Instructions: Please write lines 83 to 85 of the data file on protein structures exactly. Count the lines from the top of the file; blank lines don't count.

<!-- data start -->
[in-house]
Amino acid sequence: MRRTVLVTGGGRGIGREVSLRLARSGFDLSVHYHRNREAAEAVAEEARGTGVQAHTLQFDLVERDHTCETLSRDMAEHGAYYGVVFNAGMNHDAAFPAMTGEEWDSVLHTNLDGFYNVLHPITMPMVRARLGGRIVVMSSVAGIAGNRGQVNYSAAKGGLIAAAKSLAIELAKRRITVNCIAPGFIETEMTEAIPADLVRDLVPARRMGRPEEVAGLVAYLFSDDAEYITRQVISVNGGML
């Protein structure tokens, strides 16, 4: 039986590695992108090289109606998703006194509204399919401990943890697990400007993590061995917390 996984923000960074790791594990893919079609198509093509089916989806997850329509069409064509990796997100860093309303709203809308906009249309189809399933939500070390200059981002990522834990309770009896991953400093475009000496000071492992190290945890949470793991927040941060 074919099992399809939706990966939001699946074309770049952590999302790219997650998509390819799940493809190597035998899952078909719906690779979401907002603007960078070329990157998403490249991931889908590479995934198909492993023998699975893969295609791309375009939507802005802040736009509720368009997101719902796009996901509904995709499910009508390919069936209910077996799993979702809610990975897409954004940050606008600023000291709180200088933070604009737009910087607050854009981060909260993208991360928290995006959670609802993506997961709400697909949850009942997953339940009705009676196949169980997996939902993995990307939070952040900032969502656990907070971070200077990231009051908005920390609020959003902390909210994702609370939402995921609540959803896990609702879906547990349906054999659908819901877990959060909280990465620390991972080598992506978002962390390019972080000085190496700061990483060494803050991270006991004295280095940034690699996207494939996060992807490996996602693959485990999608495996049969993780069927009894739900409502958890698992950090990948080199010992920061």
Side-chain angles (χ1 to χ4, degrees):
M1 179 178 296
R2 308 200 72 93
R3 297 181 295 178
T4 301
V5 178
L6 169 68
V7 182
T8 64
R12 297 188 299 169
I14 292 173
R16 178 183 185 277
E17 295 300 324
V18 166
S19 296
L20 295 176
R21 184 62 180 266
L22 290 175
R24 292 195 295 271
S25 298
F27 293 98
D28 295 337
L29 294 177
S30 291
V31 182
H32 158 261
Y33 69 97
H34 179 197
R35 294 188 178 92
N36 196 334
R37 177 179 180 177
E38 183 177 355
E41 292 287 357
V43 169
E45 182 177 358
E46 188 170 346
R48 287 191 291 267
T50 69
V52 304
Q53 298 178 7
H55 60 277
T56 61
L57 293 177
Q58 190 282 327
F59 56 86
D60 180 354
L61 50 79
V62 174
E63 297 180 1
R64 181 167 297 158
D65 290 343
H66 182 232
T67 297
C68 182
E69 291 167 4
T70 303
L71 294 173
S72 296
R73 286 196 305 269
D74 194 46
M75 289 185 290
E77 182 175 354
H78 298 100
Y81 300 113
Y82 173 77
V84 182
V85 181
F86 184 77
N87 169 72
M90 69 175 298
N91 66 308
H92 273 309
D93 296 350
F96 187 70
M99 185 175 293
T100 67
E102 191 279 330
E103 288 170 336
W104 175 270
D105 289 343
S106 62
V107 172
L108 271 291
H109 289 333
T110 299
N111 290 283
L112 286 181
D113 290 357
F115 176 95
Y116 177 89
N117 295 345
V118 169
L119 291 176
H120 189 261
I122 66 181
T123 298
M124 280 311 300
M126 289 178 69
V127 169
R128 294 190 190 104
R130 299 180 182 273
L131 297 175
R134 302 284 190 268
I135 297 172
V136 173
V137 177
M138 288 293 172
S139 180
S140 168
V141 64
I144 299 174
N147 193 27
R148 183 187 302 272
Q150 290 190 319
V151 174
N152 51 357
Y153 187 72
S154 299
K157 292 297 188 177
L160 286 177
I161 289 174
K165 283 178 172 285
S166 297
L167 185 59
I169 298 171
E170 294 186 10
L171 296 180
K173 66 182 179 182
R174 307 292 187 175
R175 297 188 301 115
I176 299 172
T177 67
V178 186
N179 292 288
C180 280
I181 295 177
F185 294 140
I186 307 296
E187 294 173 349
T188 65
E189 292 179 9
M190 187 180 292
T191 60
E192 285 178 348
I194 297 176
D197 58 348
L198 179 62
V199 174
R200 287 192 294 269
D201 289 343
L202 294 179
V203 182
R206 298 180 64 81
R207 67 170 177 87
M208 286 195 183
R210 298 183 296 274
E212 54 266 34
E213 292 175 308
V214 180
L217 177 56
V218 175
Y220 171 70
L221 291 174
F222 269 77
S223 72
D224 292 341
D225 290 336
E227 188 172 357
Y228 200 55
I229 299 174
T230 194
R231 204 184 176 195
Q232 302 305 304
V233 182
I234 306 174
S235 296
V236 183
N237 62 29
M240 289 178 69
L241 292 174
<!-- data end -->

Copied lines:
D105 289 343
S106 62
V107 172